Wednesday, 31 October 2007

BLACK SESAME MACARONS

black sesame macarons with black sesame buttercream filling

Now that my battle with the various macaron recipes is over, I can relax and enjoy experimenting with the different flavour combinations one can achieve with these little sandwich cookies. I've got the "macaron bug" and I'm trying different flavours with my trusty basic macaron recipe. I'm starting to get the feel of making these cookies and it's getting easier with every batch I make. This is heartening because initially, they can seem quite aggravating and temperamental if you do not have a solid recipe from which to work. macarons waiting for the oven to heat up

I purchased a sesame seed grinder at Daiso for $2 (what else? everything's $2!) and used it to grind the black sesame seeds. It was a cinch. The recipe went together smoothly and quickly and I didn't even have to wait hours for a skin to form. In fact, I threw caution to the wind and I put the macarons in with a tacky skin! Daredevil, eh?
macarons, straight from the oven
After dickering with a whole bunch of different techniques, I was able to finally arrive at a combination of techniques which allowed me to make macarons at ease and as quickly as possible. This was so great because I didn't have to "age" my egg whites, I used commercially ground almonds, I didn't use a sugar syrup, and I didn't wait for skins to form on the macarons. I'm now able to get macarons, with "feet", smooth tops with no cracks and a delicate shell exterior and tender and every-so-slightly chewy interior. They taste fantastic and I'm getting consistent results. I mean, why wait hours for egg whites to age? I used them at room temperature, but that's the only concession I made. I even cheated a bit by heating the whites over a bowl of warm water. The egg-whites couldn't tell that I didn't take them out hours ahead of time. Geesh!
the macarons created feet! (without even having to wait hours for a skin to form: bonus!)

I would say that the macarons, complete with the buttercream, were a tad too sweet for my liking. I generally don't like things as sweet as this. That being said, they were still addictive and I couldn't stop myself from wanting to pop more of them in my mouth. They kind of just melt in your mouth so quickly. Next time, I will doctor the buttercream by reducing the sugar. The shells themselves were not too sweet. They were just right.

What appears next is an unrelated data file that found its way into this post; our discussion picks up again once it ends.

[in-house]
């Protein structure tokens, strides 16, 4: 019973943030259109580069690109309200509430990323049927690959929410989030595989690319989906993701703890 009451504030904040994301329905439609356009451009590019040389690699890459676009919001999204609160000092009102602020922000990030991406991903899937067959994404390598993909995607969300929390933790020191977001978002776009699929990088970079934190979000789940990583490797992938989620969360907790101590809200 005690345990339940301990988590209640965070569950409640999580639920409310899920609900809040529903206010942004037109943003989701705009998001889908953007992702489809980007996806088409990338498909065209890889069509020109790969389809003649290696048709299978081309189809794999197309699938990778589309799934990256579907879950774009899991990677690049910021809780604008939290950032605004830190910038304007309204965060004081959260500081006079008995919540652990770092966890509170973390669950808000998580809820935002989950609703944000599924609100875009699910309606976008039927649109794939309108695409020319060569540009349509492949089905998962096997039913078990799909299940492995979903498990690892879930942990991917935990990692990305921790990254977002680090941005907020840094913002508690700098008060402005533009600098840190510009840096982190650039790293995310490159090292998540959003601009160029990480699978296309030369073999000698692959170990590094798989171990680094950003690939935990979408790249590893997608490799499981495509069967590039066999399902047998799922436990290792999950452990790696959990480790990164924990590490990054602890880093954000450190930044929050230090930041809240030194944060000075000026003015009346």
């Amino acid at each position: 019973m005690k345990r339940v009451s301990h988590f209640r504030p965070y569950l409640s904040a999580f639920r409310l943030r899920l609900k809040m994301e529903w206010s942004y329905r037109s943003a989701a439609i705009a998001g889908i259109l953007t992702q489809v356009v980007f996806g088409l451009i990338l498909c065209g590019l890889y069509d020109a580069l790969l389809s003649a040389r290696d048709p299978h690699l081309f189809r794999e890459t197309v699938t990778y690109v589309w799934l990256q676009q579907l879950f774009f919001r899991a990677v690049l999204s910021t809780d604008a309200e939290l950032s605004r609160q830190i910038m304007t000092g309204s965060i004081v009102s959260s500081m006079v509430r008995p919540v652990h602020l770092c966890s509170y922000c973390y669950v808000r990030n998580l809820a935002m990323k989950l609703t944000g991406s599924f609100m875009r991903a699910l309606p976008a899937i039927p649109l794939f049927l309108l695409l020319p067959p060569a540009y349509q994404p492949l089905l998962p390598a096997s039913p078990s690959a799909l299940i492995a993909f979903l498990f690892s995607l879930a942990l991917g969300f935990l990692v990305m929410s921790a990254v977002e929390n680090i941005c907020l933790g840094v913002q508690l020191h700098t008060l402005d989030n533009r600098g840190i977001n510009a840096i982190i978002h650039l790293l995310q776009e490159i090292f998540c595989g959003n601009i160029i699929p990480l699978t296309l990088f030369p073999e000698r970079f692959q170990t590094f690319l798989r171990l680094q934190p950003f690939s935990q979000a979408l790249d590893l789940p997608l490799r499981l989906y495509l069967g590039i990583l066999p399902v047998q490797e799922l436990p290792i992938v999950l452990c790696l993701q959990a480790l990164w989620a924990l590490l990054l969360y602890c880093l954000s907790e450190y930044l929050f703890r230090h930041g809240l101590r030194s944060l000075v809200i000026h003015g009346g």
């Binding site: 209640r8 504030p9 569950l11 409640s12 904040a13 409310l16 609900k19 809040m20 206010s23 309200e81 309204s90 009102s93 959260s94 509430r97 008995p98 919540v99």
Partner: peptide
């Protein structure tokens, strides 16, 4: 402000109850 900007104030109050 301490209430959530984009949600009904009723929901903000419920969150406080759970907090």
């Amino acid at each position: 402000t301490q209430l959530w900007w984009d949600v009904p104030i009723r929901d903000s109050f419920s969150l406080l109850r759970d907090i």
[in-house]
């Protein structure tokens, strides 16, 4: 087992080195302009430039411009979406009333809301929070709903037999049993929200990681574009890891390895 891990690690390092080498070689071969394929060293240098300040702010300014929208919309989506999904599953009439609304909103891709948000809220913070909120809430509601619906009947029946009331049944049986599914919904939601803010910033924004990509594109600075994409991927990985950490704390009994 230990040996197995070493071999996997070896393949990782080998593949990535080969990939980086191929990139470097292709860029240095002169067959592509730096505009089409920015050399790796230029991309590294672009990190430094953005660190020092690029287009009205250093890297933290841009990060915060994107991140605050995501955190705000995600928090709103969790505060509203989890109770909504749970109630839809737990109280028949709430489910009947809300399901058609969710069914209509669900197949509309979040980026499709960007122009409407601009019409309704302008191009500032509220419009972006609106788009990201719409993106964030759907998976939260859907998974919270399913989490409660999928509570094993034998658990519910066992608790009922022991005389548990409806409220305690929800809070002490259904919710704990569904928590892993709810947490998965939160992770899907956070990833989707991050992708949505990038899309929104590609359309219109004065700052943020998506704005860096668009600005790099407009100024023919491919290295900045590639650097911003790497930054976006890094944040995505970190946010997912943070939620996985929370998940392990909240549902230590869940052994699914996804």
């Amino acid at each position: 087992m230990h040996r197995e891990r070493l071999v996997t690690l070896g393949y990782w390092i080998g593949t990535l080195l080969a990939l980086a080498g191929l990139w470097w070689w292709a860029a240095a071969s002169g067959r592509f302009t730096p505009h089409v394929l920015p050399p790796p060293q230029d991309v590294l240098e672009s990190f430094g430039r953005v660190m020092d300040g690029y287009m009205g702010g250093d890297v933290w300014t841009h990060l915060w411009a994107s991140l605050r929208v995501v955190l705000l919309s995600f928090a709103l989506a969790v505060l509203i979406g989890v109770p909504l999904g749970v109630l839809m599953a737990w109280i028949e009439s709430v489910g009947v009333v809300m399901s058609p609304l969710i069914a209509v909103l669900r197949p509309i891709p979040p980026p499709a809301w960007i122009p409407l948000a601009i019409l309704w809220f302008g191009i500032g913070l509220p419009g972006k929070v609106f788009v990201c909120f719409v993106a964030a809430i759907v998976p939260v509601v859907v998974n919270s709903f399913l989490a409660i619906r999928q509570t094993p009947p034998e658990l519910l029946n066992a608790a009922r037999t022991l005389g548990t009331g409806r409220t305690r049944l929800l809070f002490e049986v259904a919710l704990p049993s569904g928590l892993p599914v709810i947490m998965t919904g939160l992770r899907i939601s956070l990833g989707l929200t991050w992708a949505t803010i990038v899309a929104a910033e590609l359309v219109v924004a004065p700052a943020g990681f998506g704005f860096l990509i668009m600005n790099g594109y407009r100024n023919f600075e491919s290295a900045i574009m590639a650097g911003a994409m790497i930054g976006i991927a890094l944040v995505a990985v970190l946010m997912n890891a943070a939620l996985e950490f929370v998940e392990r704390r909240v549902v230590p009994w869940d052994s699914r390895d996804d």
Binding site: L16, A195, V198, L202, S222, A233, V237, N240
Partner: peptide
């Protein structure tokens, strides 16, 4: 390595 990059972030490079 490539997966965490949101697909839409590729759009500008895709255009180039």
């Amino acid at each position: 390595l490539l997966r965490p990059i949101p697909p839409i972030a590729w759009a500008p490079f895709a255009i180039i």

My next experiment will be raspberry and white chocolate macarons

please see here for my recipe

10 comments:

Felicia said...

Hey! Your macarons look so nice! Could u post your recipe or maybe email it to me at fel_rulez@hotmail.com, I really want to give it another shot, though the one made using the italian meringue method turned out lopsided again. sigh

cakebrain said...

Hi Felicia,
Sure, I used the Pistachio Macaron recipe and played around with it. It's pretty forgiving. I'll give you the proportions as soon as I can. Don't give up!

Tartelette said...

Isn't it just fun when there's that click of "I get it" with the batter and then your mind start running wild with crazy experiment ideas?!

cakebrain said...

Hi Tartelette,
Your food blog is a treasure. Thanks for putting the passion and fun into experimenting with and sharing recipes.

Anonymous said...

Hi, I made this recipe a week ago and it was a hit..it came out good....I am wondering...would there be a difference if unsalted almonds are substituted for salted ones because I accidentally bought the salted ones yesterday so I am not sure if it will change the texture...do you know if there is any way to unsalt them?

Cakebrain said...

Hey anonymous, I'm thinking you meant to say "if salted almonds were substituted for unsalted almonds" right? If I were you, I'd use the salted almonds for my recipe for Salty Almond Chocolate Chunk cookies instead and go out and buy blanched whole almonds (which usually come unsalted anyway...I have never seen them salted). I guess you could try rinsing them under water in a sieve, then rubbing them dry and then roasting them lightly to dry out in the oven but that seems a bit much work. Plus, if you don't dry them out enough, the nuts might prove to be too moist for the batter. I wouldn't chance it. Macarons are finicky. Do your almonds have the skins on too? because often salted almonds have the skins on...not my favourite things in macarons.

Anonymous said...

Thanks...i guess i will just buy another batch of almonds (unsalted)....thanks again...i really like your raspberry macarons...did you just take out the ground black sesame for this one?...sorry i couldn't find the recipe on your blog...maybe you did put it somewhere but i couldn't find it....:)...Thanks

Cakebrain said...

anonymous,
in response to your question about the raspberry macarons: yes, just replace the black sesame with ground almonds. As long as the total weight of your ground nuts mixture is equal to the total amount of the sesame/nut mixture, you're fine. You can experiment with other nut combinations too. You can't just omit the sesame without adding ground almonds because otherwise your mixture will be too wet.

Peabody said...

They turned out great.

EMMELYN said...

hi!! thank you for posting this flavour, i got inspired! i actually used the italian method to bake my macarons since my oven is very temperamental and everytime i used the french method the macarons always turned out too burnt...anyway i love your macarons!

LinkWithin

Related Posts Widget for Blogs by LinkWithin